The Hero Of Anti-Heroes: Hancock

“It's not a crime to be an asshole, but it's very counter-productive.” - Ray

· 3 min read
reflection of skyline on a person's goggles

One of Will Smith's most underrated movies has got to be the homeless superhero film, Hancock.

The story of a demigod who forgot his past life only to end up as a hobo superhero.

This gave him the ability to not give a single care about anything surrounding him which made him one of the best figures for the birth of an anti-hero.

The reason why Hancock is one of the best anti-heroes to ever exist is due to his motivation of always having the desire to improve himself as a person that everyone can accept.

His antics of being a perfect anti-hero mainly generate from these ideals:

Justice is an option

a man smiling after saving someone from an accident

At the start of the film, we witness just how laid-back and carefree Hancock is when it comes to law enforcement.

This is one of the most common traits of an anti-hero as they would put aside any and all moral obligations to get to their goal.

This lack of commitment towards crimefighting remains consistent towards the first half of the film and gives the audience an idea of just how little Hancock cares for the safety of innocent citizens.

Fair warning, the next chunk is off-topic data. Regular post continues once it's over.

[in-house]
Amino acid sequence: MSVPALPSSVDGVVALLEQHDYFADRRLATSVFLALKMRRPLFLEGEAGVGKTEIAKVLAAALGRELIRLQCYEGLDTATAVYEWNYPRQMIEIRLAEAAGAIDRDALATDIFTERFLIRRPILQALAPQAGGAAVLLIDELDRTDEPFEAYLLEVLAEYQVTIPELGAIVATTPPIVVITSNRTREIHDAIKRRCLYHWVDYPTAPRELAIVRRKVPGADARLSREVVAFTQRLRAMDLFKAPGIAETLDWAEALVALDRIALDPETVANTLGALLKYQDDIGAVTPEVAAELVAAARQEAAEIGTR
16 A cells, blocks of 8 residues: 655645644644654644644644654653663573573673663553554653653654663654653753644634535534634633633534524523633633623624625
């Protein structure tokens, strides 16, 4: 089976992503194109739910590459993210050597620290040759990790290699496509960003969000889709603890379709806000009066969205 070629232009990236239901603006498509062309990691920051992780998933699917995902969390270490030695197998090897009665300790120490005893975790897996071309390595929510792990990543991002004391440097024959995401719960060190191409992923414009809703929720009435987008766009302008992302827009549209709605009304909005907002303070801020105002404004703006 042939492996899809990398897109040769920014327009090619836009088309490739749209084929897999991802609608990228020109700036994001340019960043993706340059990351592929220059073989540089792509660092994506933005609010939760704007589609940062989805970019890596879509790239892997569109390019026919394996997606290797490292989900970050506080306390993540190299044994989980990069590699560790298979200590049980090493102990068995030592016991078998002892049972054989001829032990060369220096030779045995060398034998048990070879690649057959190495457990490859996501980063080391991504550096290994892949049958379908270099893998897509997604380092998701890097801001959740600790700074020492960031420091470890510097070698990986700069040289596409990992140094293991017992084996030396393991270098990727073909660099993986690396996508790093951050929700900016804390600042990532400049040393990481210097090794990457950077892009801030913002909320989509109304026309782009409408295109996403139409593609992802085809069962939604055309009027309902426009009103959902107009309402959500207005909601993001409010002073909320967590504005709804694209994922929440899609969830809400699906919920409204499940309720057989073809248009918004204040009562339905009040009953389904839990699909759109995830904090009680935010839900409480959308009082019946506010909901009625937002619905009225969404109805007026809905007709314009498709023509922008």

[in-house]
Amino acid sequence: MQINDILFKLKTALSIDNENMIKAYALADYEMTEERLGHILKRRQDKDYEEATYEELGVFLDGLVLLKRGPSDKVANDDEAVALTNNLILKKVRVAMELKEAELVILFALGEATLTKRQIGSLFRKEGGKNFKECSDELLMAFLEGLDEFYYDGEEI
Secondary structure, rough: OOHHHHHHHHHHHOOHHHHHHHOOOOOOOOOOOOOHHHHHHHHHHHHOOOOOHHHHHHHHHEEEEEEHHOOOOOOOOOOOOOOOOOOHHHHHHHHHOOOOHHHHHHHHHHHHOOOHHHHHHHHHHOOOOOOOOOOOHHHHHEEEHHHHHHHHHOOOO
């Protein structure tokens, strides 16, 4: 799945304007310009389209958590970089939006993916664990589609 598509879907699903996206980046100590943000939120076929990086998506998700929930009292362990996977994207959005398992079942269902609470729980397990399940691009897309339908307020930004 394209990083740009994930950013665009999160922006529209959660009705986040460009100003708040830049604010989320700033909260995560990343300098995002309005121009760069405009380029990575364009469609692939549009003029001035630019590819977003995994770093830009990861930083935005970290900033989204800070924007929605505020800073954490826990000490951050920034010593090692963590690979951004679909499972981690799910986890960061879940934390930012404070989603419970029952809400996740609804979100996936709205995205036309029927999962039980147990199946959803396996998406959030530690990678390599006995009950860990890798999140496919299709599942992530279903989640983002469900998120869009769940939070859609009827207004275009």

However, what makes him an ideal candidate to be the perfect anti-hero is the fact that he not only aimlessly protects anyone and everyone at the genuine request of a civilian but also that his attempt is made out of an attempt to actually provide something worth value to society has shunned him to homelessness.

Killing is not an option, or is it?

a drunk man wearing a bullet ridden goggles

Hancock has never had a clear moral code of whether his go-to solution is to kill his foes or simply incapacitate them in order to stop them.

Even after Ray comes into the picture and attempts to change the demigod for the better, his rule is still in the grey for the majority of the film.

So the rule of not killing the bad guys is still debatable, as in the first half of the film, Hancock is ready to plant a car full of thieves on the top of a skyscraper.

By the second half of the film, he has violated two inmates by shoving the head of one inmate into the other rear.

Not to mention the scene where he has become a full-blown accepted superhero and gets away with chopping off the hand of a criminal purely based on spite after the man in question triggered him by calling him an a-hole.

A self-interest that works for everyone

man walks in a fight scene

The factor that makes Hancock the hero of the anti-heroes is that his self-interest consists of him bettering himself rather than improving any other external element.

Take the Red Hood from DC as an example, an anti-hero who aims to rid Gotham of villains to make it a safer environment.

Whereas, Hancock's goal is to only improve himself mentally which makes him the best hero of the anti-heroes as his objective does not require anyone to be harmed or killed in the process.

Which, therefore, makes him the most progressively wholesome heroic murderer.